Boundary Violation Ethics: Some Conceptual Clarifications.

J. Radden,
Journal of the American Academy of Psychiatry and the Law 29(3): 319-326, 2001.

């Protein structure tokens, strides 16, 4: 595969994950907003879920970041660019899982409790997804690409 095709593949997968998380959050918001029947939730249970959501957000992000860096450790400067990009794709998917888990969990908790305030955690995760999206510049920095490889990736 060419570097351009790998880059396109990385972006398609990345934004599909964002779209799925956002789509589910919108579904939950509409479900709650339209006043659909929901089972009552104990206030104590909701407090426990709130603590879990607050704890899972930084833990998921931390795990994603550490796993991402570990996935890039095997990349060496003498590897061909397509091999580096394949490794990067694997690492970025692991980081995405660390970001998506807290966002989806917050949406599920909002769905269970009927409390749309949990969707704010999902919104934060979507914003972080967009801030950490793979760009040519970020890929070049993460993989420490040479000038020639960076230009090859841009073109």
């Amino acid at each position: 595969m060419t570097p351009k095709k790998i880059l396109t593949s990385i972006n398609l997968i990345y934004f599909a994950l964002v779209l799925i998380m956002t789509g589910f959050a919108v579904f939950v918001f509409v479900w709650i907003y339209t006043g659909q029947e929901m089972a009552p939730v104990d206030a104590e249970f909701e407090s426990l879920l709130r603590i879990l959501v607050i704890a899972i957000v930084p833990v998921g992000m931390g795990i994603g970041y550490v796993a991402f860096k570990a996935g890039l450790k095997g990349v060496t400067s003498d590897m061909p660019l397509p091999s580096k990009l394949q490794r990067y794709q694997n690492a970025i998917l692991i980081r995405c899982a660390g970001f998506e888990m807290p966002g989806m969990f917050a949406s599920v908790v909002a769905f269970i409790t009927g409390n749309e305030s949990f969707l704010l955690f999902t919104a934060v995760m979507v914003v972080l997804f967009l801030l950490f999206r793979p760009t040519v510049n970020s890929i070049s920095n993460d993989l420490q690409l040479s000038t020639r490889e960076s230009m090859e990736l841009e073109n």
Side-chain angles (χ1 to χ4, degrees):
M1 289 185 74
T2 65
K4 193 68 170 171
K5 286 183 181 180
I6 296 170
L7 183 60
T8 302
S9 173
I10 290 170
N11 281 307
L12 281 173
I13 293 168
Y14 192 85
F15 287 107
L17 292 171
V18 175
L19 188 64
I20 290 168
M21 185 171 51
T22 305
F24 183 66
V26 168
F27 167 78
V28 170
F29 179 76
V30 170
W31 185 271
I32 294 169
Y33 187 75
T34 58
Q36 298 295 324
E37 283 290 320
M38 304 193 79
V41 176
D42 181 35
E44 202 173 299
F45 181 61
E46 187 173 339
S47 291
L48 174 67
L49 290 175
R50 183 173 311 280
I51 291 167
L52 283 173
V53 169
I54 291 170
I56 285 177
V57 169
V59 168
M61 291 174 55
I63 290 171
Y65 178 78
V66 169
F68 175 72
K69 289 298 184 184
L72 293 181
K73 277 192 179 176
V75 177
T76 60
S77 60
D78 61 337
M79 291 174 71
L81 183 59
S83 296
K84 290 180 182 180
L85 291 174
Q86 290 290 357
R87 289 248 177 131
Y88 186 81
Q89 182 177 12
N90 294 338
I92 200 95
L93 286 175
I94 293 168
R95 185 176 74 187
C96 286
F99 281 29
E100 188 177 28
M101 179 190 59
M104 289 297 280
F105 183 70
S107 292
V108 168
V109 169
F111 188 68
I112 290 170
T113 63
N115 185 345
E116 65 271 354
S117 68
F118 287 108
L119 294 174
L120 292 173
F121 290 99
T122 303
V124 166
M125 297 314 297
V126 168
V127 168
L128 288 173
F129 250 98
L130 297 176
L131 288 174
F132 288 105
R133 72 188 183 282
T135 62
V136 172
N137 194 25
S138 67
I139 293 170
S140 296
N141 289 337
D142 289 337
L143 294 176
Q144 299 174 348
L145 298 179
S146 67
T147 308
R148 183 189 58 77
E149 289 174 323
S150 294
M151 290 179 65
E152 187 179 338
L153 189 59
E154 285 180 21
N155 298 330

The practices of both forensic psychiatry and clinical psychiatry appear to require and to use, in boundary-violation discourse, a special way of referring to the heightened attention to the ethics of interpersonal exchange. But this discourse and the judgments it expresses are each in need of closer scrutiny. A variety of factors make the determination of certain actions to be boundary violations unclear, including the range of alleged boundary-violating behavior, ambiguities in the fundamental metaphor of boundaries violated or transgressed, and confusion about the explanatory status of the value judgments boundary-violation language is used to express. In addition, disputes and disagreements regarding boundary-violation judgments require analysis-- an analysis undertaken in this article through appeal to theories of professional role morality. Noted also is the significance of gender in boundary-violation ethics.